By Francesco Canepa and Balazs Koranyi
The European Central Bank should not wait too long before paring back stimulus once it is convinced that inflation has recovered, and it could in theory increase rates early if necessary, ECB board member Benoit Coeure told Reuters.
With euro zone inflation now just under 2 percent and growth on its best run for years, the ECB is coming under pressure from Germany, the bloc’s biggest economy, to start winding down its 2.3 trillion-euro ($2.6 trillion) bond-buying programme and start increasing its main policy rate, currently below zero.
In an exclusive interview, Coeure, a long-standing supporter of ECB President Mario Draghi’s policy, said the bank should be ready to change its stance once economic conditions allow, or it risks a bigger financial blowback when it eventually does so.
“Too much gradualism in monetary policy bears the risk of larger market adjustments when the decision is eventually taken,” Coeure said.
He added that the ECB should not put too much weight on political events like elections when deciding policy, a likely reference to elections in Germany in September and in Italy by May 2018.
While Coeure defended the bank’s ultra-easy stance and policy guidance, he opened the door, at least in theory, to an increase in the bank’s deposit rate even before bond purchases end, contrary to the bank’s stated policy path.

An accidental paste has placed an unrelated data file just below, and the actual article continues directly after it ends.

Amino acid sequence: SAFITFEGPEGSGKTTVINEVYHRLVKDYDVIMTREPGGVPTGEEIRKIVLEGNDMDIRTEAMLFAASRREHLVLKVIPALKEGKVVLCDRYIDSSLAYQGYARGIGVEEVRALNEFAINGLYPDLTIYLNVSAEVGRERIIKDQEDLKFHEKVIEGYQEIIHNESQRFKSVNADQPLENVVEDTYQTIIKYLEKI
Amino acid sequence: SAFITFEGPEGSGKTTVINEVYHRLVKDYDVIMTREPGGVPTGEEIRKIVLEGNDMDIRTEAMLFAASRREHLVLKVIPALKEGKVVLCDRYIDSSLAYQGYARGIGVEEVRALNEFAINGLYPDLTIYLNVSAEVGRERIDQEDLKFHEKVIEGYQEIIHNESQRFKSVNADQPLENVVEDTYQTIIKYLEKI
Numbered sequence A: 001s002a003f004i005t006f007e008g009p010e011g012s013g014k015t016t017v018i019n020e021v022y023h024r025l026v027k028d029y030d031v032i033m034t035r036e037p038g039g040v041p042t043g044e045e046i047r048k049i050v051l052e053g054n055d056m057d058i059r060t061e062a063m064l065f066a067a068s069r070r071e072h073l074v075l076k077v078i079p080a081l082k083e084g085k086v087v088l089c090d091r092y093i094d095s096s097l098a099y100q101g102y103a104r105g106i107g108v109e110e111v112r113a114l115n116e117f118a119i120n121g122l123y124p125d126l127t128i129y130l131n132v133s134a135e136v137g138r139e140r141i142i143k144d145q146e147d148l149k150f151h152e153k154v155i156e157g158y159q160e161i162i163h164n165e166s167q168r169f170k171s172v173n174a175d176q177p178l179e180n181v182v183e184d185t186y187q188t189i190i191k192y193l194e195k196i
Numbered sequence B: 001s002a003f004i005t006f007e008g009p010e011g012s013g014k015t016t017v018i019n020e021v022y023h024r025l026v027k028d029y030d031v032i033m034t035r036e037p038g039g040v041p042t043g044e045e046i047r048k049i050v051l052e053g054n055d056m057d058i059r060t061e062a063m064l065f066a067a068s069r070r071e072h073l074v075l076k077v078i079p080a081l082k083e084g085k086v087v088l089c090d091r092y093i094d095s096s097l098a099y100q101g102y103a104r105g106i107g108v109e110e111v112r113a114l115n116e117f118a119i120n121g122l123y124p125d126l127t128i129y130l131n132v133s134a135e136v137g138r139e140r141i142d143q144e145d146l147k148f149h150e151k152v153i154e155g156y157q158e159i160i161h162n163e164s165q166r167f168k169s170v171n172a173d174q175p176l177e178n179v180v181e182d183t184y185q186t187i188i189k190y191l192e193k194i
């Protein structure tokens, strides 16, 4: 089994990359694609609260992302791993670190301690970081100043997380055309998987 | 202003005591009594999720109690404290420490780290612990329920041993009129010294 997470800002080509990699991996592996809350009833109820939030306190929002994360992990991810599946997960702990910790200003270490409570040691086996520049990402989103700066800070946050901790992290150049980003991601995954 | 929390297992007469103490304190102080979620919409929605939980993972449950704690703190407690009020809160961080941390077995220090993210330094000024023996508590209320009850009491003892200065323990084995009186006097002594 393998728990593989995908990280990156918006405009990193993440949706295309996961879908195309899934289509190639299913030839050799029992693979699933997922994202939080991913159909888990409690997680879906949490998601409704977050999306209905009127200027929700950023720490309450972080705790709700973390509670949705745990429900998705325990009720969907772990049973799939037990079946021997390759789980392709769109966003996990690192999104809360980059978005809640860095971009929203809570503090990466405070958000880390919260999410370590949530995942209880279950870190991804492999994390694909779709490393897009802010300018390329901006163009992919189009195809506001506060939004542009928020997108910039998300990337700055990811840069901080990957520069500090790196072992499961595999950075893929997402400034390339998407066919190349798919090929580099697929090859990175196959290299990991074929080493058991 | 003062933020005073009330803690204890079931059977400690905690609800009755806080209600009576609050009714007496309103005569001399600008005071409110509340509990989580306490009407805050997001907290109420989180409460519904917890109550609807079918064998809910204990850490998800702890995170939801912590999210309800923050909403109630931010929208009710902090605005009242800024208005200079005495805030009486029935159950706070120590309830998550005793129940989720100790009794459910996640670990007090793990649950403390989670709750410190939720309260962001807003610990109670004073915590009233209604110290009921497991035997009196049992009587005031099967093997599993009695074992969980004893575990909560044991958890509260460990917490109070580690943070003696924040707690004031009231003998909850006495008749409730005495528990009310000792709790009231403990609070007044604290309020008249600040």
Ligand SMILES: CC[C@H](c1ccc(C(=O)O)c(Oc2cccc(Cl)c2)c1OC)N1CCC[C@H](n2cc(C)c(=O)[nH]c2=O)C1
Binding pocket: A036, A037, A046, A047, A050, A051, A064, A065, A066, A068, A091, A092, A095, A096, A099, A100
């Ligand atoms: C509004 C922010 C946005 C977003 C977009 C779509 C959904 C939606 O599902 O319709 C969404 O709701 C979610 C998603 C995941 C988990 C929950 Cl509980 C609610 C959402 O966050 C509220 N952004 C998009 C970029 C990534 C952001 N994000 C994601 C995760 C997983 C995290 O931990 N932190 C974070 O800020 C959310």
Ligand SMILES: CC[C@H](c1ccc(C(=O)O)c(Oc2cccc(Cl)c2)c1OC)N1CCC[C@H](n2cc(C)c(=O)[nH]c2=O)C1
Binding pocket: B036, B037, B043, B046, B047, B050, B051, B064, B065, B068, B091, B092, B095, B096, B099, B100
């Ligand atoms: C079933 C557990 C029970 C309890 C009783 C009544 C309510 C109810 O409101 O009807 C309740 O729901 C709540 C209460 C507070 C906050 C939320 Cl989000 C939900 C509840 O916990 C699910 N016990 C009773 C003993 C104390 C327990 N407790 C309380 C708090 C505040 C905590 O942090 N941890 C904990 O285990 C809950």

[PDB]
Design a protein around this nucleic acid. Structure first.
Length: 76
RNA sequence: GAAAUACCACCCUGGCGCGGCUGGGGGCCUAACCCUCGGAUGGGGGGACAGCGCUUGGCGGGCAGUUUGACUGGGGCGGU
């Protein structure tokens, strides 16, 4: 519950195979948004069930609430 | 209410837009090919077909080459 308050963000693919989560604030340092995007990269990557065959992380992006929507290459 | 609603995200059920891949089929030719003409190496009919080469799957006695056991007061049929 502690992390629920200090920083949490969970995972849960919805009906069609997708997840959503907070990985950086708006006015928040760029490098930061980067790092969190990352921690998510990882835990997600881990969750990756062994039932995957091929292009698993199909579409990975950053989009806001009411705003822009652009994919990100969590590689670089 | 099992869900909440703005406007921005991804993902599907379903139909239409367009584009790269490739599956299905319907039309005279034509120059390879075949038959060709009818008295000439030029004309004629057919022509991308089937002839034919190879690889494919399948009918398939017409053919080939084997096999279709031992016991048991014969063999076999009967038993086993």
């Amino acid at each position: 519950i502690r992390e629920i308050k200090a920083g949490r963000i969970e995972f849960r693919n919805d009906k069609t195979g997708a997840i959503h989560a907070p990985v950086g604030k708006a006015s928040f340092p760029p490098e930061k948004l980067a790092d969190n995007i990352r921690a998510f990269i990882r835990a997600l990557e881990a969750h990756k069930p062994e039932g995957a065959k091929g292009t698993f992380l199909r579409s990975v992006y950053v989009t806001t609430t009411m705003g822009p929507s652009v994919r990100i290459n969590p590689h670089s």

His comments mark a departure from views expressed by Vice President Vitor Constancio and Chief Economist Peter Praet, two fellow Draghi allies who have advocated slow policy normalisation.
Inflation in the euro zone was 1.9 percent last month, in line with ECB’s target. But it is expected to ease back in the coming months as the effect of a rebound in energy prices wane.
The ECB’s policy-making Governing Council is due to meet on June 8 in Tallinn. No major change is expected beyond a slight tweak in the policy message to reflect an improvement in the economic outlook.
For a complete text of Q&A with Coeure, click on
NOT SET IN STONE
Coeure stressed rate setters had yet to be convinced that the rebound in inflation was durable and that it would be sustained even once monetary support is withdrawn.
But he added the bank’s future path, which currently foresees bond purchases until the end of year and rates at current or lower levels until well after that, was “not set in stone”.
“In particular, it will be about the costs and benefits of having the very low and negative deposit facility rate that we have today,” Coeure said. “It’s not set in stone.”
Banks have long complained that the negative rate, effectively a tax on the excess cash they park at the ECB, is squeezing their profits.
Coeure said so far the benefits of this tool outweighed its drawbacks. But he argued that, in the abstract, the deposit rate could be increased if it started to curb bank lending.
“That could be the case if we had strong evidence that the negative Deposit Facility Rate would impose a cost on the banking industry that … could become a hindrance to our monetary policy transmission,” he said.
So far, the ECB has kept the door open to even more rate cuts in its policy message. Financial markets, however, have long stopped expecting any cuts and currently anticipate some chances of a small rate hike next March.
Coeure would not be drawn on whether the reference to rate cuts may be removed, but he stressed the importance of keeping the bank’s guidance “in line with facts”.
“It’s clear that the deflation risk is now off the table and that is also being acknowledged by financial markets,” he said.
“One important consideration is to keep our forward guidance in line with facts.”